It will be great if more studies support a recent study finding that eating a Mediterranean style diet is associated with fewer psoriasis symptoms. The large study, which was conducted in France, found an inverse association with the Mediterranean diet - the more closely a person ate a Mediterranean diet, the less severe their psoriasis symptoms and the lower their serum C-reactive protein levels (which measures chronic systemic inflammation). Key things to remember are that psoriasis is an inflammatory condition and the Mediterranean diet is anti-inflammatory, and the typical Western diet is inflammatory (low in fiber, lots of highly processed foods, few fruits and vegetables, high in sugar, and red meat) .
The Mediterranean diet is rich in fruits and vegetables, whole grains, nuts, seeds, extra virgin olive oil, legumes (beans), fish, and light on red meat. Research finds that micronutrients, fiber, antioxidants, and polyphenols that are present in the Mediterranean diet reduce chronic systemic inflammation. The Mediterranean diet has other health benefits - for example, it's good for the heart, is good for gut microbes, and linked to lower rates of several cancers. From Medical Xpress:
A study of more than 3,500 French psoriasis patients found that the healthier their diet, the less severe their symptoms. Specifically, the closer an individual adhered to the nutritious "Mediterranean" diet, the less onerous their psoriasis became. This was true regardless of whether or not the patient was obese, the French researchers noted.
The Mediterranean diet is heavy on fruits, vegetables, whole grains, fish, olive oil and nuts, and light on red meat, dairy and alcohol. It's long been recommended as "heart healthy" by groups such as the American Heart Association. Now, the new research bolsters the notion that the regimen might also help fight immune-system disorders such as psoriasis.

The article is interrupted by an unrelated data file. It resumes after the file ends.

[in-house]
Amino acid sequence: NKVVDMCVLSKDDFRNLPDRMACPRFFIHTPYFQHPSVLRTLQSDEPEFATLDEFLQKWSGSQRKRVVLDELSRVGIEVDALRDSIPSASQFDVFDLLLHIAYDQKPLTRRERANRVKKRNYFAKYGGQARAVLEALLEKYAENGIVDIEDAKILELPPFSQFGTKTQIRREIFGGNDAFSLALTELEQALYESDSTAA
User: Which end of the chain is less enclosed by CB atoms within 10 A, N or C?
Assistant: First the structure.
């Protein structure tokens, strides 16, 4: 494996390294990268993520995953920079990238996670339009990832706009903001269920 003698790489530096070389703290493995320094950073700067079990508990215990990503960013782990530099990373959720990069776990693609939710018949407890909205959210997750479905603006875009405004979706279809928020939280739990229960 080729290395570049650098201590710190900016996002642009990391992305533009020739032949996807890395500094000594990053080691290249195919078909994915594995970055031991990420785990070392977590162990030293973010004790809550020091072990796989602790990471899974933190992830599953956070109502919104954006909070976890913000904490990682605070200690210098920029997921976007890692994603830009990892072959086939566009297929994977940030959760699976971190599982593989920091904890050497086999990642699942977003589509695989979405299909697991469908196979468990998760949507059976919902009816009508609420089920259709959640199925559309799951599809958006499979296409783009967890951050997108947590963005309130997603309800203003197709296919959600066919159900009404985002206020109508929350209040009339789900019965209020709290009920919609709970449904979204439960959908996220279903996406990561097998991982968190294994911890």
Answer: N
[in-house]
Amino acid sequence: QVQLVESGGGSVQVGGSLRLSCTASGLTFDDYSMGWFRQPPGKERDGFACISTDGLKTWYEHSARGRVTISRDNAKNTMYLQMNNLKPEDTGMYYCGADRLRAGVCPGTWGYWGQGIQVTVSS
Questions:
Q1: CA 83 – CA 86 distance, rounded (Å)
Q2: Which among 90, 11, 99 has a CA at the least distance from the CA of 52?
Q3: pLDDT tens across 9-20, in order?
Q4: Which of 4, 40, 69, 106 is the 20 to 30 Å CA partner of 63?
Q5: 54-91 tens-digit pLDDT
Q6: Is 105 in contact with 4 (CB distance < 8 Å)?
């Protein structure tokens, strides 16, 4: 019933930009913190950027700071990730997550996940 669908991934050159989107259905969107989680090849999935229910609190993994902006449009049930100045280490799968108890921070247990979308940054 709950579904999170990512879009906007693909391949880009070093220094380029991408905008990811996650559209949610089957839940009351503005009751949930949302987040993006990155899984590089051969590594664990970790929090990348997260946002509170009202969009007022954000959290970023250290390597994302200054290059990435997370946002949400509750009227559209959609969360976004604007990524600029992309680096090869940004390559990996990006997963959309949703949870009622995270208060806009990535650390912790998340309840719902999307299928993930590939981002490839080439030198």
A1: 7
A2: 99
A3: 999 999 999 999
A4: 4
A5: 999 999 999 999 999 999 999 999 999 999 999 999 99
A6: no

The new study was based on data from a nationwide health survey of citizens in France, involving almost 36,000 respondents. More than 3,500 of them had some form of psoriasis, said the team led by Dr. Celine Phan, of Henri Mondor University Hospital in Creteil, France. Besides asking psoriasis patients about the severity of their symptoms, the survey also gauged how closely they approached the ideal Mediterranean diet. Participants were divided into three groups—a "bottom" third whose diets were furthest away from the Mediterranean diet, a middle third whose eating habits were moving closer to the diet, and a top third who were closest to the Mediterranean diet.
Compared to people in the bottom third, those in the middle and top groups were 29 percent and 22 percent less likely to have severe symptoms, Phan's group found.
The researchers stressed that the study couldn't prove cause and effect. For example, it might not be that the Mediterranean diet itself somehow eases symptoms, but instead that its opposite—the fatty, sugary "Western" diet—exacerbates psoriasis. But the investigators pointed to research that the inflammatory-dampening Mediterranean diet might have direct, healthy effects on the lymphoid (immune) system or the "microbiome" of healthful germs in the human gut.
The Mediterranean diet is rich in vitamins A, D, E, folate and omega-3 fatty acids, all of which have an anti-inflammatory effect, the research team said. In contrast, it's long been known that Western diets set up an unhealthy, pro-inflammatory state in the body.